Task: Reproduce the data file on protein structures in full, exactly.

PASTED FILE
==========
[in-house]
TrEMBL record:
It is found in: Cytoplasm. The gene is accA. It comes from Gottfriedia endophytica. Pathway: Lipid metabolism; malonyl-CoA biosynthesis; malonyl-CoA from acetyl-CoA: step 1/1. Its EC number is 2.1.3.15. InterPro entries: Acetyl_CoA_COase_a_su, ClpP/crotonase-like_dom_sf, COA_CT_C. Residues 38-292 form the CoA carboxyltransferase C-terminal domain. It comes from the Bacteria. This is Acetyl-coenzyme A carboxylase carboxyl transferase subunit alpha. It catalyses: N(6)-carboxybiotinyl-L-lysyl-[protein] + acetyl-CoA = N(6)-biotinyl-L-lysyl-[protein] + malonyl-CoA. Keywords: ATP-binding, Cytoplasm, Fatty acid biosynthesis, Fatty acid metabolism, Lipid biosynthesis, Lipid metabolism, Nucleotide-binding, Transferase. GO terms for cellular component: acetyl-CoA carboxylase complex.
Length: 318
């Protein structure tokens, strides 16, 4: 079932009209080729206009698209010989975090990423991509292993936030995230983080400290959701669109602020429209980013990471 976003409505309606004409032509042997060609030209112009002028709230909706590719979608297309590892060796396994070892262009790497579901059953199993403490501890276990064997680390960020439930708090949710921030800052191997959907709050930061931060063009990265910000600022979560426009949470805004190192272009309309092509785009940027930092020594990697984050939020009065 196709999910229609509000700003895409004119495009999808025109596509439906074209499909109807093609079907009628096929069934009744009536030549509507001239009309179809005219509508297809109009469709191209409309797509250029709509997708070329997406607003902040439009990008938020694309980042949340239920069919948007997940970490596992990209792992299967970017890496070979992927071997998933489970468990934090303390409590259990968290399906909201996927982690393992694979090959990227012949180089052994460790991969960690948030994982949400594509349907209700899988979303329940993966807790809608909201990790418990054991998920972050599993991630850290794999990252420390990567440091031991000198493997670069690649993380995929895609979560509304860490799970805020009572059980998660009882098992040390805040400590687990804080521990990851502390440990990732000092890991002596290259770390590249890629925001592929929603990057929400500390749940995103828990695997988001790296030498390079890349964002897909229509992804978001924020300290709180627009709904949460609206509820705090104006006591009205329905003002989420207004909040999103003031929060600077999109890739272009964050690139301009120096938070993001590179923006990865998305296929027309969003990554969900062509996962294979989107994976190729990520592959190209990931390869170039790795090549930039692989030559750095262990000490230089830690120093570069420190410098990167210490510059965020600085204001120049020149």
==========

[in-house]
TrEMBL record:
It is found in: Cytoplasm. The gene is accA. It comes from Gottfriedia endophytica. Pathway: Lipid metabolism; malonyl-CoA biosynthesis; malonyl-CoA from acetyl-CoA: step 1/1. Its EC number is 2.1.3.15. InterPro entries: Acetyl_CoA_COase_a_su, ClpP/crotonase-like_dom_sf, COA_CT_C. Residues 38-292 form the CoA carboxyltransferase C-terminal domain. It comes from the Bacteria. This is Acetyl-coenzyme A carboxylase carboxyl transferase subunit alpha. It catalyses: N(6)-carboxybiotinyl-L-lysyl-[protein] + acetyl-CoA = N(6)-biotinyl-L-lysyl-[protein] + malonyl-CoA. Keywords: ATP-binding, Cytoplasm, Fatty acid biosynthesis, Fatty acid metabolism, Lipid biosynthesis, Lipid metabolism, Nucleotide-binding, Transferase. GO terms for cellular component: acetyl-CoA carboxylase complex.
Length: 318
């Protein structure tokens, strides 16, 4: 079932009209080729206009698209010989975090990423991509292993936030995230983080400290959701669109602020429209980013990471 976003409505309606004409032509042997060609030209112009002028709230909706590719979608297309590892060796396994070892262009790497579901059953199993403490501890276990064997680390960020439930708090949710921030800052191997959907709050930061931060063009990265910000600022979560426009949470805004190192272009309309092509785009940027930092020594990697984050939020009065 196709999910229609509000700003895409004119495009999808025109596509439906074209499909109807093609079907009628096929069934009744009536030549509507001239009309179809005219509508297809109009469709191209409309797509250029709509997708070329997406607003902040439009990008938020694309980042949340239920069919948007997940970490596992990209792992299967970017890496070979992927071997998933489970468990934090303390409590259990968290399906909201996927982690393992694979090959990227012949180089052994460790991969960690948030994982949400594509349907209700899988979303329940993966807790809608909201990790418990054991998920972050599993991630850290794999990252420390990567440091031991000198493997670069690649993380995929895609979560509304860490799970805020009572059980998660009882098992040390805040400590687990804080521990990851502390440990990732000092890991002596290259770390590249890629925001592929929603990057929400500390749940995103828990695997988001790296030498390079890349964002897909229509992804978001924020300290709180627009709904949460609206509820705090104006006591009205329905003002989420207004909040999103003031929060600077999109890739272009964050690139301009120096938070993001590179923006990865998305296929027309969003990554969900062509996962294979989107994976190729990520592959190209990931390869170039790795090549930039692989030559750095262990000490230089830690120093570069420190410098990167210490510059965020600085204001120049020149």